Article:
4. Statistical analysis

Prevalence rates were calculated at predefined Cobb angles of 10°-19° and ≥20°. A Cobb angle of ≥10°, as defined by the Scoliosis Research Society, was considered positive for scoliosis; an angle ≥20° was the threshold for evaluation for brace treatment.

1) Prevalence of scoliosis

Using a chi-square test, we compared the prevalence of scoliosis between the first decade (1990-1999) and the last decade (2003-2012) to determine changes in prevalence over time.

2) Accuracy of Moiré topography

We calculated the false-positive rate to evaluate the accuracy of the Moiré topography test using the following formula:
No. of students Cobb angle<10°No. of students which radiographs screened×100%asj-9-407-e001.jpg
Using a chi-square test, we compared the false-positive rate from the first decade (1990-1999) with that from the last decade (2003-2012) to determine changes in the false-positive rate over time.
Some students declined radiography although their Moiré topography was positive. We excluded these student data.

3) Cost of scoliosis screening

We investigated the cost of the initial and second screening including diagnostic costs and staff salaries. Finally, we calculated the cost to identify one scoliosis student with a lateral curvature of ≥10°.

Results

1. Prevalence of scoliosis

The overall prevalence rates are shown in Table 1. The prevalence rates from 1990 to 1999 are shown in Table 2, and those from 2003 to 2012 are shown in Table 3. Of the students with positive Moiré topography, 259 declined to undergo radiography and were excluded from the study.

1) Overall prevalence of scoliosis

The prevalence rate of scoliosis in the fifth grade girls was similar to that in the sixth grade girls (0.337 and 0.369, respectively). The prevalence rate of scoliosis in the seventh grade girls was 0.727, which was significantly higher than that in both the fifth (p<0.01) and sixth (p<0.01) grade girls. The prevalence rate of scoliosis in boys was low, and the prevalence rate in the sixth grade boys was 0.01, which was significantly lower than that in both the fifth (p=0.01) and seventh (p=0.01) grade boys (Table 1).

2) Cobb angle ≥20°

The prevalence rates in girls gradually increased from the fifth to the seventh grade. Meanwhile, for boys, the prevalence rates did not change among the three groups (Table 1).

3) Comparison of prevalence in the first and last decade of the study

The prevalence of scoliosis from 1990 to 1999 is shown in Table 2 and from 2003 to 2012 in Table 3. The prevalence rate was significantly different between the first and last decade for girls in the fifth grade with a Cobb angle >10° but <19° (0.225% vs. 0.386%, p<0.01) and for girls in the seventh grade with a Cobb angle >20° (0.157% vs. 0.389%). A statistically significant increase was also found in the overall prevalence during the 10 years.

4) Curve magnitude distribution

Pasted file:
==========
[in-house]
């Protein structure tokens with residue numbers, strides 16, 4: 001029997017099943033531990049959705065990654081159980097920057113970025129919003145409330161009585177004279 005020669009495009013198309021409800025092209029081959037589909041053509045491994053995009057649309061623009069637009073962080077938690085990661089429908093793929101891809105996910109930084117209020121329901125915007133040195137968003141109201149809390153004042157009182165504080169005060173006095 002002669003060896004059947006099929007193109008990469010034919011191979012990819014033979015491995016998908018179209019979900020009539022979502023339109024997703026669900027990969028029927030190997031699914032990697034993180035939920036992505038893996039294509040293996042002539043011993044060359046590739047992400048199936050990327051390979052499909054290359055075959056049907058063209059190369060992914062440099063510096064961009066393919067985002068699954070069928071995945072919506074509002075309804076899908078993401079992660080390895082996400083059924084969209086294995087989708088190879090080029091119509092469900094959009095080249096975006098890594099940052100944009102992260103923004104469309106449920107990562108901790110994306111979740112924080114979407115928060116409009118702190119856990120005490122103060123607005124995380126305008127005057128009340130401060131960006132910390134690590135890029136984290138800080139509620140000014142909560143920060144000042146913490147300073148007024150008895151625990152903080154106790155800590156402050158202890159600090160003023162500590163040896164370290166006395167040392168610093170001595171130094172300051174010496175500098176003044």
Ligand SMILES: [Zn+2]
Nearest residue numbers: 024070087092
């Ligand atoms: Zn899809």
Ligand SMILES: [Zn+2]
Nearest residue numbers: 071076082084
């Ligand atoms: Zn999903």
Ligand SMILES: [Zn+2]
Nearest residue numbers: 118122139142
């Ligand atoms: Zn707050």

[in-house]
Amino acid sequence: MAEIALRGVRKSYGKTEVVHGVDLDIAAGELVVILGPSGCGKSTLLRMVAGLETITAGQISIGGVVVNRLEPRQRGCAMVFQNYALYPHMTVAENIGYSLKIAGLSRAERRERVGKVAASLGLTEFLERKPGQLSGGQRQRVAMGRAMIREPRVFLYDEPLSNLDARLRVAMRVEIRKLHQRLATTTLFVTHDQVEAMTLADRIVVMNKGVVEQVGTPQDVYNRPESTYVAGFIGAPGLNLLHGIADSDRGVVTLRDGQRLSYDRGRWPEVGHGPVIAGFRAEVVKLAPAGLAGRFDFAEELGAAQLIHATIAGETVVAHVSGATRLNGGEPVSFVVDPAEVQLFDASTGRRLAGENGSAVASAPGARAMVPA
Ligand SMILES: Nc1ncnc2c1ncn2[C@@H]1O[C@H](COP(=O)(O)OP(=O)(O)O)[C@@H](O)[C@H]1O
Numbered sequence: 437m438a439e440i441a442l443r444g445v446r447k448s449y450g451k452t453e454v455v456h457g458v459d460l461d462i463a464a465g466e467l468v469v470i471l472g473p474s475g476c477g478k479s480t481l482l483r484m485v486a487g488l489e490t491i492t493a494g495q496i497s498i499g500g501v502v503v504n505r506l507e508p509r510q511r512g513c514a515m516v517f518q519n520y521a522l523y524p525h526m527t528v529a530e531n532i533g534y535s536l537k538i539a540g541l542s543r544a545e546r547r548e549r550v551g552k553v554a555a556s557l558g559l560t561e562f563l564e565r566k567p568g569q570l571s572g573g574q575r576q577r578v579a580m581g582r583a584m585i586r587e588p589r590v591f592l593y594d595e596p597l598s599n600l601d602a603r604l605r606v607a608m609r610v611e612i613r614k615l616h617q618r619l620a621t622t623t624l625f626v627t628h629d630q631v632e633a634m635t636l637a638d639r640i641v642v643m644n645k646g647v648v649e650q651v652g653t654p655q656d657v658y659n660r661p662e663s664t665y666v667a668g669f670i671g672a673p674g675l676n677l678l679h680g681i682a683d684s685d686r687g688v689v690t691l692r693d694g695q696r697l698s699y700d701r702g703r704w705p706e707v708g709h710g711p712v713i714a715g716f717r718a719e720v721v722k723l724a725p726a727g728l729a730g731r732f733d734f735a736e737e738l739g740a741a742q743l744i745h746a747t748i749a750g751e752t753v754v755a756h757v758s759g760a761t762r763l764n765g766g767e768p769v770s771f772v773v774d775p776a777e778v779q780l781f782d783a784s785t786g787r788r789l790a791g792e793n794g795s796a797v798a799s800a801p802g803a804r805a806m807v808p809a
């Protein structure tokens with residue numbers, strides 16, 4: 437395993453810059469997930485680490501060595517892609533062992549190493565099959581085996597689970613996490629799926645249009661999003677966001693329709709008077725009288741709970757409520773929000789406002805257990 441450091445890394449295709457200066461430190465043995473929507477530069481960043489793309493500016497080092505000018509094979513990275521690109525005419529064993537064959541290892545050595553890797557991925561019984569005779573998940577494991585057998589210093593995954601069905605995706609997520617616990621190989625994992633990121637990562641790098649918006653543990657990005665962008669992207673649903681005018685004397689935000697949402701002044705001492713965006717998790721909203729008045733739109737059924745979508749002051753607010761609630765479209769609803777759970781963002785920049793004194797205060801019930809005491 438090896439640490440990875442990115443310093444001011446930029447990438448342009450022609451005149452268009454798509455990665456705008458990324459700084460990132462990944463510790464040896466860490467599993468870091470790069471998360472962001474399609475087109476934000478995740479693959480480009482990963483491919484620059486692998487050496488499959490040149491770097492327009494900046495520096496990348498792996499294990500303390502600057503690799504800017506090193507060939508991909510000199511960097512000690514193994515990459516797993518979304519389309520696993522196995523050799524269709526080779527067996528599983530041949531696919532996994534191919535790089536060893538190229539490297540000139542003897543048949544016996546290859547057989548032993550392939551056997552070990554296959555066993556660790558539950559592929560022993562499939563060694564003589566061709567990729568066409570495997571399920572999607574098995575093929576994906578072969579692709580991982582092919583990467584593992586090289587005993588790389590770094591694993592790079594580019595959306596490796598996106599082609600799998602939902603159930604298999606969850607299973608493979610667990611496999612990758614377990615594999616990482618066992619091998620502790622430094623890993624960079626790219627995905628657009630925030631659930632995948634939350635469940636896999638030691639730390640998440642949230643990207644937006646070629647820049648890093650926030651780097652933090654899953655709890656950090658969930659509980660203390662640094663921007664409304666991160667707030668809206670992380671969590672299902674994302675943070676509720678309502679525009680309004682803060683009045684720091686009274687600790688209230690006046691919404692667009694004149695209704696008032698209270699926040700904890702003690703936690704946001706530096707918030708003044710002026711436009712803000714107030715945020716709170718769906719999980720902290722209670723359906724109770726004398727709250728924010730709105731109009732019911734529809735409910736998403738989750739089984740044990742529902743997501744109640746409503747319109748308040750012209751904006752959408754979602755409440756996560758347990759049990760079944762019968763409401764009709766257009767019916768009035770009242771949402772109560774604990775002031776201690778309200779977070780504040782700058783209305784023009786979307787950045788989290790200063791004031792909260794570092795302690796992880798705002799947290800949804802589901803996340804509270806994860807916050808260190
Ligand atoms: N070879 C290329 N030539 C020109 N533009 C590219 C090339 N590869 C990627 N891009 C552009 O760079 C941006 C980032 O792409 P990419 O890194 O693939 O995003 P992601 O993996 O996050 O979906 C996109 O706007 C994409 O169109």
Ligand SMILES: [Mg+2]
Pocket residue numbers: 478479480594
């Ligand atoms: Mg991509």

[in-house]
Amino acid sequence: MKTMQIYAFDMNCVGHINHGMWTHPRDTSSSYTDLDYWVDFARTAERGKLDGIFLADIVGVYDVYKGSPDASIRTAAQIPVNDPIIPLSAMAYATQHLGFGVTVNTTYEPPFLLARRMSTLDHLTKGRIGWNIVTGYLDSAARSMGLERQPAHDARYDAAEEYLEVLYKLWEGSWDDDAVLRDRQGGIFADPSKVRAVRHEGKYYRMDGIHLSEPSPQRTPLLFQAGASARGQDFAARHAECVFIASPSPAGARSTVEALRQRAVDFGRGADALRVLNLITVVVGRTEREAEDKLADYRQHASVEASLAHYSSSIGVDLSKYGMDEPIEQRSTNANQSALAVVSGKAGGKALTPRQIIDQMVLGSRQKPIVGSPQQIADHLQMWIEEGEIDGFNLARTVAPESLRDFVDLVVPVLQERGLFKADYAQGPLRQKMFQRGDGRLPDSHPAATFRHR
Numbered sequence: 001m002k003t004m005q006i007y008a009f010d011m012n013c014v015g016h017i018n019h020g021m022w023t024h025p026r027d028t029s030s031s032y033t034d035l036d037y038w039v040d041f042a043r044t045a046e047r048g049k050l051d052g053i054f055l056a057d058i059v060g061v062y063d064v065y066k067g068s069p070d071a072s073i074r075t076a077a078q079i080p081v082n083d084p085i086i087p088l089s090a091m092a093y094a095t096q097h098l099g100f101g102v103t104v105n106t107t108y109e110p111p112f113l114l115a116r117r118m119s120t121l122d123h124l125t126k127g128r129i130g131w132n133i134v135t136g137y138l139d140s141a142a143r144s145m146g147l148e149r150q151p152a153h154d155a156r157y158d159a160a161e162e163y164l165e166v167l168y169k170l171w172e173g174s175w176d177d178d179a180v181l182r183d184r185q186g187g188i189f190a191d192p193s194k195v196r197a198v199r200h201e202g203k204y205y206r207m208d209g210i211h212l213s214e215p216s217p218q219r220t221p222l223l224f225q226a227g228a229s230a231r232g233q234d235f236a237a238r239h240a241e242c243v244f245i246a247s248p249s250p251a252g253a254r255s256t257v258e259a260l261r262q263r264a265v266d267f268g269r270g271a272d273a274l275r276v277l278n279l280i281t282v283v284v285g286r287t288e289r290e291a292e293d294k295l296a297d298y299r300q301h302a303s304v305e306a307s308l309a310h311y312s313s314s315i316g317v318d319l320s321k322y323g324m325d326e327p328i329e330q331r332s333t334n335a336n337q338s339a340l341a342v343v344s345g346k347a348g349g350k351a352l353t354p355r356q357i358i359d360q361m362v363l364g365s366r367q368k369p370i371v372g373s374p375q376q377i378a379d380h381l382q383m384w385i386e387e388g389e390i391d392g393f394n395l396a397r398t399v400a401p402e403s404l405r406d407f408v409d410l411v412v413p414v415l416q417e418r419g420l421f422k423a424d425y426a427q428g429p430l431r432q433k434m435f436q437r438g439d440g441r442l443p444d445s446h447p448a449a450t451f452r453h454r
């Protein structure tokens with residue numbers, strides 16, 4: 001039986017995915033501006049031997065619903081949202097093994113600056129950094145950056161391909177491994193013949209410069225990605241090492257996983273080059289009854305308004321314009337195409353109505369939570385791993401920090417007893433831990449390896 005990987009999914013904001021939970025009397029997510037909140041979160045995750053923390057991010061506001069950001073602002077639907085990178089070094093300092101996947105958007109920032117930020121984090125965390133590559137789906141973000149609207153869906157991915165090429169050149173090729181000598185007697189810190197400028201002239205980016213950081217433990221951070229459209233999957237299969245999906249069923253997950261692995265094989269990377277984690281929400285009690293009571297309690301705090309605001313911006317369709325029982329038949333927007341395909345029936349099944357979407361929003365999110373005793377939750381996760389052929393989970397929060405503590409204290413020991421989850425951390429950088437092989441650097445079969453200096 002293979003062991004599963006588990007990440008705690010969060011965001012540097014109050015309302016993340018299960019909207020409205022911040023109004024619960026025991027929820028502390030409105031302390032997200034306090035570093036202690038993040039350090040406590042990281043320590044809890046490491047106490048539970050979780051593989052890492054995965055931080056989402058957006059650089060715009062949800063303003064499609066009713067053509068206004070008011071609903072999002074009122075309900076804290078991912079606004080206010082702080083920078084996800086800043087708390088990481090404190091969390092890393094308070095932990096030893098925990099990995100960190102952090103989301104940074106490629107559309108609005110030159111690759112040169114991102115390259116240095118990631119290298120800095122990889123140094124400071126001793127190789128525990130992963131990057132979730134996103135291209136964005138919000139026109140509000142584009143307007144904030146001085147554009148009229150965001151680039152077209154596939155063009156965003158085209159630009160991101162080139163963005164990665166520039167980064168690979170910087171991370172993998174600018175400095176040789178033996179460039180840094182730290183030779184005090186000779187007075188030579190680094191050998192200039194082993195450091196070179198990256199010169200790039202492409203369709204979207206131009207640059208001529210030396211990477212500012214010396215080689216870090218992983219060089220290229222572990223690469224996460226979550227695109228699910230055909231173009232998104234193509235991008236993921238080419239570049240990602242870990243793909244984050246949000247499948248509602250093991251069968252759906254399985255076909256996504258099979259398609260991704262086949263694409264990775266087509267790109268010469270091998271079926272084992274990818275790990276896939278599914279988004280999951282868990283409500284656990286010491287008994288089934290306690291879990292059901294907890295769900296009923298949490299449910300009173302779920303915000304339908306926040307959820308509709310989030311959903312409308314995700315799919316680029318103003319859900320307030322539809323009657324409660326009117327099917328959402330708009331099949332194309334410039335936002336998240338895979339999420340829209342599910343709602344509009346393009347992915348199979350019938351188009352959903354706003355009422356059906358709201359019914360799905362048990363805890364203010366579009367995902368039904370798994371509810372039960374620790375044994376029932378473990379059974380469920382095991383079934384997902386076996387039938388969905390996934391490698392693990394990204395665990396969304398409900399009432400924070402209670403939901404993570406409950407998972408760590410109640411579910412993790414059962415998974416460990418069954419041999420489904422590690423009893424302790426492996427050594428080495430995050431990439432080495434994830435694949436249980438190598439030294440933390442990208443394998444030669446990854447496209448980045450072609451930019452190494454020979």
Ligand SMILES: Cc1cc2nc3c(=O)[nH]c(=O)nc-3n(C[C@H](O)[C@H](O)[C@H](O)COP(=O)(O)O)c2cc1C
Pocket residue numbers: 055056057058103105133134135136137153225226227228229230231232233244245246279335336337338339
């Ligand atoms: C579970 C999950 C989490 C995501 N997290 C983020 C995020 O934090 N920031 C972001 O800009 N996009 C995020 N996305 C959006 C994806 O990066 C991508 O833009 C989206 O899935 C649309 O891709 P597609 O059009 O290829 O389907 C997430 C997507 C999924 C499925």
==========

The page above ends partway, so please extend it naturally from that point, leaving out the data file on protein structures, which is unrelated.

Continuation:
The distribution of curve magnitudes for boys and girls is shown in Fig. 1.
The prevalence of a Cobb angle ≥20° gradually increased with age in both boys and girls. The prevalence was similar among boys in the fifth, sixth, and seventh grades. The difference in the percentage of children with a Cobb angle ≥20° was statistically significant only between girls in the fifth and seventh grades (19.6% vs. 34.4%, p=0.002).

2. Accuracy of Moiré topography

From 1990 to 2012, 1,820 children had a positive Moiré topography test (Table 4). Of those, 259 children (49 boys, 210 girls) declined to undergo radiography and were excluded from the study. Consequently, radiographs from 1,561 students with a positive Moiré topography test were analyzed. When the radiographs were interpreted, a Cobb angle ≥10° was seen in only 520 students (predictive value: 33.3%), thus leaving 1,041 children with a positive screening test but a negative result on radiographs. Of these children, 795 were girls, and 246 were boys; thus, the Moiré test had a false-positive rate of 66.7% (Table 4).
We compared the false-positive rate between 1990-1999 and 2003-2012 and between genders. A statistically significant decrease in the false-positive rate was found between the first and last decades of the study in the seventh grade girls (61.8 vs. 53.1, p=0.007). No other significant change was found (Tables 5, 6).

3. Cost of scoliosis screening

We screened 195,149 students with Moiré topography. The cost of Moiré topography for each child was 5 USD. Furthermore, we used radiography as the second screening tool for diagnosing scoliosis in 1,561 students. Its cost was 40 USD for each child. In all, 520 students with Cobb angle ≥10° were identified. Of those, 143 students had a Cobb angle ≥20°. Overall, an amount of 1,996.5 USD was required to identify one scoliosis student and an amount of 7,260 USD was required to identify one student with a Cobb angle ≥20°.

Discussion

1. Prevalence of scoliosis

A review of multiple studies in the literature revealed that the prevalence of idiopathic scoliosis was 0.04%-0.66% in boys and 0.4% to 2.22% in girls [7,11,12,13]. Boys generally have a lower prevalence than girls. Although lack of standardization and consistency in the cohort age group, diagnostic criteria, and screening methods makes comparing studies difficult, we found the prevalence in Nara City to be consistent with that reported in the literature [7,11,12,13] for boys but slightly lower in girls (Table 1).